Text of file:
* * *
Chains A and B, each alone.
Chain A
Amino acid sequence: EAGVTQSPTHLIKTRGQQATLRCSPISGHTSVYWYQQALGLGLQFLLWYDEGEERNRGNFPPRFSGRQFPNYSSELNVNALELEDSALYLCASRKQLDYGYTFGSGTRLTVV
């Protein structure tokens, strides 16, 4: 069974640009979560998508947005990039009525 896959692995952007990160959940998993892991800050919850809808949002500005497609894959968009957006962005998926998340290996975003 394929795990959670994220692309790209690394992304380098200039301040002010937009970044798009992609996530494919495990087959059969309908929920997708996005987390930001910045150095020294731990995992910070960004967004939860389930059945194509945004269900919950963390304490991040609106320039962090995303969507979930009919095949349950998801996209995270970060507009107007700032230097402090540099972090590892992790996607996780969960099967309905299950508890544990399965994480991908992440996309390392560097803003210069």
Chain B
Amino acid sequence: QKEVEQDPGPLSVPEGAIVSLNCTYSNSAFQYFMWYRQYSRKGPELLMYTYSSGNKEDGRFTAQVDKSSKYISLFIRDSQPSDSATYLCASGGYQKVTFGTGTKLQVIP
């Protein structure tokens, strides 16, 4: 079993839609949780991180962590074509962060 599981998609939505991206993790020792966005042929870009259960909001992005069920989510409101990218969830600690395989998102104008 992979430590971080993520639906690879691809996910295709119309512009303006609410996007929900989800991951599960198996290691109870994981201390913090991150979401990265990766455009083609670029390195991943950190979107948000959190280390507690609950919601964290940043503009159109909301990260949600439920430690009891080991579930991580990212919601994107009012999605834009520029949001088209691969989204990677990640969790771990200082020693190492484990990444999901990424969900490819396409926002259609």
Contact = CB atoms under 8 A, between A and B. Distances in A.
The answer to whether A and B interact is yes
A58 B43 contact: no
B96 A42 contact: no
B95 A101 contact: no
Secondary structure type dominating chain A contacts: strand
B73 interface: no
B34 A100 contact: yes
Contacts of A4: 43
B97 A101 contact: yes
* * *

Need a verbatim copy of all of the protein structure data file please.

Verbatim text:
Chains A and B, each alone.
Chain A
Amino acid sequence: EAGVTQSPTHLIKTRGQQATLRCSPISGHTSVYWYQQALGLGLQFLLWYDEGEERNRGNFPPRFSGRQFPNYSSELNVNALELEDSALYLCASRKQLDYGYTFGSGTRLTVV
């Protein structure tokens, strides 16, 4: 069974640009979560998508947005990039009525 896959692995952007990160959940998993892991800050919850809808949002500005497609894959968009957006962005998926998340290996975003 394929795990959670994220692309790209690394992304380098200039301040002010937009970044798009992609996530494919495990087959059969309908929920997708996005987390930001910045150095020294731990995992910070960004967004939860389930059945194509945004269900919950963390304490991040609106320039962090995303969507979930009919095949349950998801996209995270970060507009107007700032230097402090540099972090590892992790996607996780969960099967309905299950508890544990399965994480991908992440996309390392560097803003210069």
Chain B
Amino acid sequence: QKEVEQDPGPLSVPEGAIVSLNCTYSNSAFQYFMWYRQYSRKGPELLMYTYSSGNKEDGRFTAQVDKSSKYISLFIRDSQPSDSATYLCASGGYQKVTFGTGTKLQVIP
């Protein structure tokens, strides 16, 4: 079993839609949780991180962590074509962060 599981998609939505991206993790020792966005042929870009259960909001992005069920989510409101990218969830600690395989998102104008 992979430590971080993520639906690879691809996910295709119309512009303006609410996007929900989800991951599960198996290691109870994981201390913090991150979401990265990766455009083609670029390195991943950190979107948000959190280390507690609950919601964290940043503009159109909301990260949600439920430690009891080991579930991580990212919601994107009012999605834009520029949001088209691969989204990677990640969790771990200082020693190492484990990444999901990424969900490819396409926002259609």
Contact = CB atoms under 8 A, between A and B. Distances in A.
The answer to whether A and B interact is yes
A58 B43 contact: no
B96 A42 contact: no
B95 A101 contact: no
Secondary structure type dominating chain A contacts: strand
B73 interface: no
B34 A100 contact: yes
Contacts of A4: 43
B97 A101 contact: yes